We haven't grandstanded. We simply acted as a watchdog. If people want to shoot the messengers, I can't stop them.

I await your presence at our panel on Fundamental Inequality in the Sports Media — make sure you bring the music, we'll need something to drown out the sounds of chirping crickets. You see my point?

Rest assured that any self-congratulatory behaviour has been merely tongue-in-cheek, in the style of Stephen Colbert and other commentators who are way more talented than us.

sager said...


Just wanted to add that sucks that you were accused of sexism, but when people at university try to hit you with the Ism Stick, consider the source.

Tyler King said...

Actually, now that I think of it better, it wasn't me but a fellow programmer. For using the word "feisty", which was apparently sexist. Yeah.

Anyway, didn't realize your email to me was just a shorter version of that comment, so I'll just repost what I said in an email reply in slightly different fashion.

That article you linked to is a far better take on the topic than whinging every five minutes about an off the cuff comment.

I'm not giving you a free pass because you guys won't let it go (hence I waited until the third post to say anything). If Brad Fay had made that comment a catchphrase I'd think differently. But you guys have made zero effort to address the issue in any way broader than Fay's offhand remark.

That whole "crickets chirping" thing is a cop-out - if you cared about that you guys wouldn't have posted about cricket (no pun intended) or devoted such a brain-bashingly high percentage of posts to soccer. Not to mention you yourself Neate have had a bevy of well phrased commentaries on the ills of the mainstream media. Yet with this issue we can't go past "Look what Brad Fay said! Look what we did! Look at how Chris Zelkovich talked to us! Look how much of a pig Brad Fay is! Look how Brad Fay commented on our blog! We're so cool!"?

And finally, I'm the son of a female athlete too. It doesn't make any difference on the issue.

sager said...

So are we at the stage of "My mom could outrun your mom" now, or what? :)

Anyway, we're past it... we did the post. Zelkovich thought it was serious enough to rate a mention in his column — you'd be flattered to get that attention from such a seasoned sports columnist — and we felt that we were OK to take a victory lap.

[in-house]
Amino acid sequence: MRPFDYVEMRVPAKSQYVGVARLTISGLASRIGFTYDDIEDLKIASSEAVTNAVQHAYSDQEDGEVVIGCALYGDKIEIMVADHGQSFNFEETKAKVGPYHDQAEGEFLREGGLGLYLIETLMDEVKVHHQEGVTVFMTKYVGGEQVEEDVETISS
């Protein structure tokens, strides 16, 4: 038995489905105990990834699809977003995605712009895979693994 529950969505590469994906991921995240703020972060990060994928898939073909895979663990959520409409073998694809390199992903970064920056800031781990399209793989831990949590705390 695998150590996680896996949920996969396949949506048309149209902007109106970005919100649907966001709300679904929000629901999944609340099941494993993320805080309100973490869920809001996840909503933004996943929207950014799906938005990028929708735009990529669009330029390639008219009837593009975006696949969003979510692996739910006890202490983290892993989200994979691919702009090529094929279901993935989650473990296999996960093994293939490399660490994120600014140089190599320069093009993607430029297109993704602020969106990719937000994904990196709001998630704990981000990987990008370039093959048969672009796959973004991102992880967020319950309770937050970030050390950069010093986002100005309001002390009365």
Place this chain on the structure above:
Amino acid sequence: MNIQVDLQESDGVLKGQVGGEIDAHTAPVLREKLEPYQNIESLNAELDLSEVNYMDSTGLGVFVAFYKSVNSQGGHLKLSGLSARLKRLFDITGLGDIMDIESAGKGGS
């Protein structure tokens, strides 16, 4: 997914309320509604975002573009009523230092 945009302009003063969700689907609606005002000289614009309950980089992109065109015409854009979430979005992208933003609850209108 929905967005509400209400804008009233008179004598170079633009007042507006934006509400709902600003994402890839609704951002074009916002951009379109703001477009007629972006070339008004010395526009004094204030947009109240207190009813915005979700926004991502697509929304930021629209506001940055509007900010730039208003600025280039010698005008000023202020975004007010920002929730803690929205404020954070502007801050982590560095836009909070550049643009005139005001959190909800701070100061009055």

Mr. Fay replied. It was fair to him and readers who might have thought we went too far to give it prominent play.

We're not perfect. We're not angels and we're not altruists. Sure, we want traffic. I apologize if it seems like it was a cheap ploy, but it was not intended as such. If an ESPN anchor made the same "blowing Clay" remark, it would be an issue in the States. Why shouldn't we as Canadians hold the best and the brightest in the sports media to the same standard, while being polite about it?

I'm also fully aware of the irony of leaving a long-winded comment to explain how I'm letting this go, so don't bother pointing that out.

Tyler King said...

When Tiger Woods insulted hockey, you said "This is also a great jumping-off point for a debate".

Yet the only insight into the issues raised by Brad Fay's regrettable comment is linked to in the comments after someone broke with the posted consensus.

I'm just sayin.

Dennis Prouse said...

Brad would have been far better off issuing a real apology, instead of that long, rambling, Clinton-esque non-apology apology. I am not calling for the guy to be hauled off to a re-education camp or anything, as it really wasn't THAT big a deal, but he did deserve to be called out for crossing the line. Upon ackowledging that he crossed the line, a simple apology would suffice.

sager said...

Fair enough, and this might come as BS, but I had a post planned linking to said story. This might be cop-outish, but keep in mind this is just a hobby for me.
As a matter of fact, I'm even attending to this when I'm 45 minutes from deadline for my actual job.

I'm not saying that to garner pity, I'm just trying to make it understood that sometimes I do fall short in the face of rigorous examination. That's gonna sound like an excuse, but it's my reality.

Tyler King said...

Hey, it's not you who started the whole thing on the blog, Neate. I don't see why it should be your sole responsibility that it include some form of legitimately valuable insight.

sager said...

It's 'we,' not 'me.'

Duane Rollins said...


The first post was to point out the actual remark.

The second was to show how it had been picked up.

This post was made in an effort to be fair to Fay. He took the time to respond, I felt it was important that his words be read (and I felt they would be lost in the original post).

I'm not going to apologize for making the post. I strongly disagree with your contention that I've been grandstanding. As you have indicated, this place marches to its own beat--if we were only interested in driving traffic, we'd likely be the ones making the innuendos.

The comment was wrong. Period. We pointed it out. Now, we will likely drop it--unless there is a legitimate reason to follow-up again.